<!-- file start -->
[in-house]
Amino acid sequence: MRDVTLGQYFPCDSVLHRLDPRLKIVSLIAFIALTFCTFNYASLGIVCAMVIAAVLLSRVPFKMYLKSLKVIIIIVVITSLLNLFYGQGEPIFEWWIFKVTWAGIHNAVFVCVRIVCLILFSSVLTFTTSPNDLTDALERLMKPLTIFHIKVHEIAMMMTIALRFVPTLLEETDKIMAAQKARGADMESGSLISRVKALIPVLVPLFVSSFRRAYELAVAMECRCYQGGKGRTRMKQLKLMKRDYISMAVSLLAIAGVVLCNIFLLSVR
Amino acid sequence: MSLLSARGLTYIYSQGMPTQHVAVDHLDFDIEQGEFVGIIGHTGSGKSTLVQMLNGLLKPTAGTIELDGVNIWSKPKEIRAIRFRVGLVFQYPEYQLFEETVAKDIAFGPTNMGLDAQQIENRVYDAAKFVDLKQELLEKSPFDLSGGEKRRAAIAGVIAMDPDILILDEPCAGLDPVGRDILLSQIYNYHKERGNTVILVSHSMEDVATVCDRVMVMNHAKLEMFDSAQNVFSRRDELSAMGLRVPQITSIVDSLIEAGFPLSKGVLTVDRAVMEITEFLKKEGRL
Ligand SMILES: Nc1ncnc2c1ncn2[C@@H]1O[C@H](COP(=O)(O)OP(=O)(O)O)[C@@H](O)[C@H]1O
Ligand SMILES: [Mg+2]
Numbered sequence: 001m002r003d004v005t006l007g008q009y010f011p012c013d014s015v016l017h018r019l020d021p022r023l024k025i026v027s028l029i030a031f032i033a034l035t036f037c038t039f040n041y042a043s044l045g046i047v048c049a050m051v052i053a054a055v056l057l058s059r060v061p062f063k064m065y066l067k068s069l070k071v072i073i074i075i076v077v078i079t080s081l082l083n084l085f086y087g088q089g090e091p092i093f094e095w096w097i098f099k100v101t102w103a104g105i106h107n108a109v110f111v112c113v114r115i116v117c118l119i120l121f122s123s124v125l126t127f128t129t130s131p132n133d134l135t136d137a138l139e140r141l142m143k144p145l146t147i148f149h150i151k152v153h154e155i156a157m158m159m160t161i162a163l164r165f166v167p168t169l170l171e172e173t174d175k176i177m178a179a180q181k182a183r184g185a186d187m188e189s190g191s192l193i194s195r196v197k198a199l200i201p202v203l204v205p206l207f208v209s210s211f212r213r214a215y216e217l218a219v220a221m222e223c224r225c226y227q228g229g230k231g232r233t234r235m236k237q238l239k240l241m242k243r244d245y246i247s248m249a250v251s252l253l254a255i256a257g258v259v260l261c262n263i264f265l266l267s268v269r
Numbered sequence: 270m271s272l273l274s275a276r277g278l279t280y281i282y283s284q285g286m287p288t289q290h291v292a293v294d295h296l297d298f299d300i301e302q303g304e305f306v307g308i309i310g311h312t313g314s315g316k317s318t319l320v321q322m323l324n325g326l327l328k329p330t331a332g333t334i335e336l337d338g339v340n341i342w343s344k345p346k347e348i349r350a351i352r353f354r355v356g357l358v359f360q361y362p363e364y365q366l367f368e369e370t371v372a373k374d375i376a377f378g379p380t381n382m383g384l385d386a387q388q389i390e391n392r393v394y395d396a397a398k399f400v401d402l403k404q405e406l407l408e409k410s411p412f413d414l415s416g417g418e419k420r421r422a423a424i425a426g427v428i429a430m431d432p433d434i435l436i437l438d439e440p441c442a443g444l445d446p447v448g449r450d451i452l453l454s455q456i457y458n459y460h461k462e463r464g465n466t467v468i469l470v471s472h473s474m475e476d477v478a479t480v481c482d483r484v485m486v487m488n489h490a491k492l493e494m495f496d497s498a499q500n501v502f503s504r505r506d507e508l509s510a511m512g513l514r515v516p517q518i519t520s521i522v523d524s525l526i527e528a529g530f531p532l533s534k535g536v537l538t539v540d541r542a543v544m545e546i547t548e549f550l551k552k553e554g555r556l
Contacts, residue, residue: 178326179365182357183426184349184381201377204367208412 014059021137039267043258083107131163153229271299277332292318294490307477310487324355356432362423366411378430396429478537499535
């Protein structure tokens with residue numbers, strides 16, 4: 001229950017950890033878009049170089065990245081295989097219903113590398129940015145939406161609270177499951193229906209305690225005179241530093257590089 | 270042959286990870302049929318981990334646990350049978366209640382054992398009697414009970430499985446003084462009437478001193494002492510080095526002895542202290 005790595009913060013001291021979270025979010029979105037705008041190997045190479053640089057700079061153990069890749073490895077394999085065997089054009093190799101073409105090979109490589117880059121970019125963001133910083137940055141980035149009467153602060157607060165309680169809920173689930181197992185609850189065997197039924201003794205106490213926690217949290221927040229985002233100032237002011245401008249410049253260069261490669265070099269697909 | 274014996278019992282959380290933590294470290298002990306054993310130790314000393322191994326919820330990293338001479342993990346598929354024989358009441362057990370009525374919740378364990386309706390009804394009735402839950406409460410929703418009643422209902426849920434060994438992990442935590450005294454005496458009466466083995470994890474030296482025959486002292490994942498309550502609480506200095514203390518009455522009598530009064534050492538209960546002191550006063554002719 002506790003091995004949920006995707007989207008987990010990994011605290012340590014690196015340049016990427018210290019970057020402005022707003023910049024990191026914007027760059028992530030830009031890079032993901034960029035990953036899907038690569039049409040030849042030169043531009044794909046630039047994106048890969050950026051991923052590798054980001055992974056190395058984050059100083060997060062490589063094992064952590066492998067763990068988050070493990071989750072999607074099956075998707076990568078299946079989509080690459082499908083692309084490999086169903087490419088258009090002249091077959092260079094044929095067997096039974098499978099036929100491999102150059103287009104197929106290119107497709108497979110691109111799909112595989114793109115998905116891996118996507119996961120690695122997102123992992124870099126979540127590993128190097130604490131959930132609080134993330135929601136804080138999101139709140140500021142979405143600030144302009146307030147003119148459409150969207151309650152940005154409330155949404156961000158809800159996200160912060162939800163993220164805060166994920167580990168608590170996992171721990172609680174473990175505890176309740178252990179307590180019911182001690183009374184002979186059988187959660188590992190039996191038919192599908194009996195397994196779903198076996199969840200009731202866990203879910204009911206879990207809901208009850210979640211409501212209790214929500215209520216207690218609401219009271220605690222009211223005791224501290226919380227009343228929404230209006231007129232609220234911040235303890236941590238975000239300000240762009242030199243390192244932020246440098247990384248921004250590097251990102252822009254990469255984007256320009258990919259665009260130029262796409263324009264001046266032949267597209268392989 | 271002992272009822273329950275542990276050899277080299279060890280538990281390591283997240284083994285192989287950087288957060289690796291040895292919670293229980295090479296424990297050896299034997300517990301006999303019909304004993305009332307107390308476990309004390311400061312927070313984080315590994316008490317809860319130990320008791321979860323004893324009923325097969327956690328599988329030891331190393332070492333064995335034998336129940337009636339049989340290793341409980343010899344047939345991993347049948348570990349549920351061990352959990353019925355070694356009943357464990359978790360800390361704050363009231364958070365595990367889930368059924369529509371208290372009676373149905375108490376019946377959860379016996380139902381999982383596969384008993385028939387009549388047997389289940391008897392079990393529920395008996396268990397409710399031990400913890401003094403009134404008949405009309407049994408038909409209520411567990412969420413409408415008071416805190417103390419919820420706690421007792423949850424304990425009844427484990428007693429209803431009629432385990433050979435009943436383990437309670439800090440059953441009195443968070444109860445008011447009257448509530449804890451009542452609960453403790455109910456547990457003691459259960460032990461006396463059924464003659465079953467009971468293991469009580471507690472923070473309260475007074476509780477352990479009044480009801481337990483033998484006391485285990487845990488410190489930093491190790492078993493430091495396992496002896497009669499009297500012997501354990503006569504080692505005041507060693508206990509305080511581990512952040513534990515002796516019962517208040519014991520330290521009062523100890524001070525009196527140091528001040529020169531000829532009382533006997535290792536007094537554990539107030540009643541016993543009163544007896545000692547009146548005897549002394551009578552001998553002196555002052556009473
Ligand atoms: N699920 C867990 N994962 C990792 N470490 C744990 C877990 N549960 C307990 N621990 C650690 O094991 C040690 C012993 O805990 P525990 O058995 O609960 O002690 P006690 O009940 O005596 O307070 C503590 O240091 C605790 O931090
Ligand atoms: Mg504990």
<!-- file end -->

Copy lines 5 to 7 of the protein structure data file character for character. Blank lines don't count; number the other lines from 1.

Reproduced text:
Ligand SMILES: [Mg+2]
Numbered sequence: 001m002r003d004v005t006l007g008q009y010f011p012c013d014s015v016l017h018r019l020d021p022r023l024k025i026v027s028l029i030a031f032i033a034l035t036f037c038t039f040n041y042a043s044l045g046i047v048c049a050m051v052i053a054a055v056l057l058s059r060v061p062f063k064m065y066l067k068s069l070k071v072i073i074i075i076v077v078i079t080s081l082l083n084l085f086y087g088q089g090e091p092i093f094e095w096w097i098f099k100v101t102w103a104g105i106h107n108a109v110f111v112c113v114r115i116v117c118l119i120l121f122s123s124v125l126t127f128t129t130s131p132n133d134l135t136d137a138l139e140r141l142m143k144p145l146t147i148f149h150i151k152v153h154e155i156a157m158m159m160t161i162a163l164r165f166v167p168t169l170l171e172e173t174d175k176i177m178a179a180q181k182a183r184g185a186d187m188e189s190g191s192l193i194s195r196v197k198a199l200i201p202v203l204v205p206l207f208v209s210s211f212r213r214a215y216e217l218a219v220a221m222e223c224r225c226y227q228g229g230k231g232r233t234r235m236k237q238l239k240l241m242k243r244d245y246i247s248m249a250v251s252l253l254a255i256a257g258v259v260l261c262n263i264f265l266l267s268v269r
Numbered sequence: 270m271s272l273l274s275a276r277g278l279t280y281i282y283s284q285g286m287p288t289q290h291v292a293v294d295h296l297d298f299d300i301e302q303g304e305f306v307g308i309i310g311h312t313g314s315g316k317s318t319l320v321q322m323l324n325g326l327l328k329p330t331a332g333t334i335e336l337d338g339v340n341i342w343s344k345p346k347e348i349r350a351i352r353f354r355v356g357l358v359f360q361y362p363e364y365q366l367f368e369e370t371v372a373k374d375i376a377f378g379p380t381n382m383g384l385d386a387q388q389i390e391n392r393v394y395d396a397a398k399f400v401d402l403k404q405e406l407l408e409k410s411p412f413d414l415s416g417g418e419k420r421r422a423a424i425a426g427v428i429a430m431d432p433d434i435l436i437l438d439e440p441c442a443g444l445d446p447v448g449r450d451i452l453l454s455q456i457y458n459y460h461k462e463r464g465n466t467v468i469l470v471s472h473s474m475e476d477v478a479t480v481c482d483r484v485m486v487m488n489h490a491k492l493e494m495f496d497s498a499q500n501v502f503s504r505r506d507e508l509s510a511m512g513l514r515v516p517q518i519t520s521i522v523d524s525l526i527e528a529g530f531p532l533s534k535g536v537l538t539v540d541r542a543v544m545e546i547t548e549f550l551k552k553e554g555r556l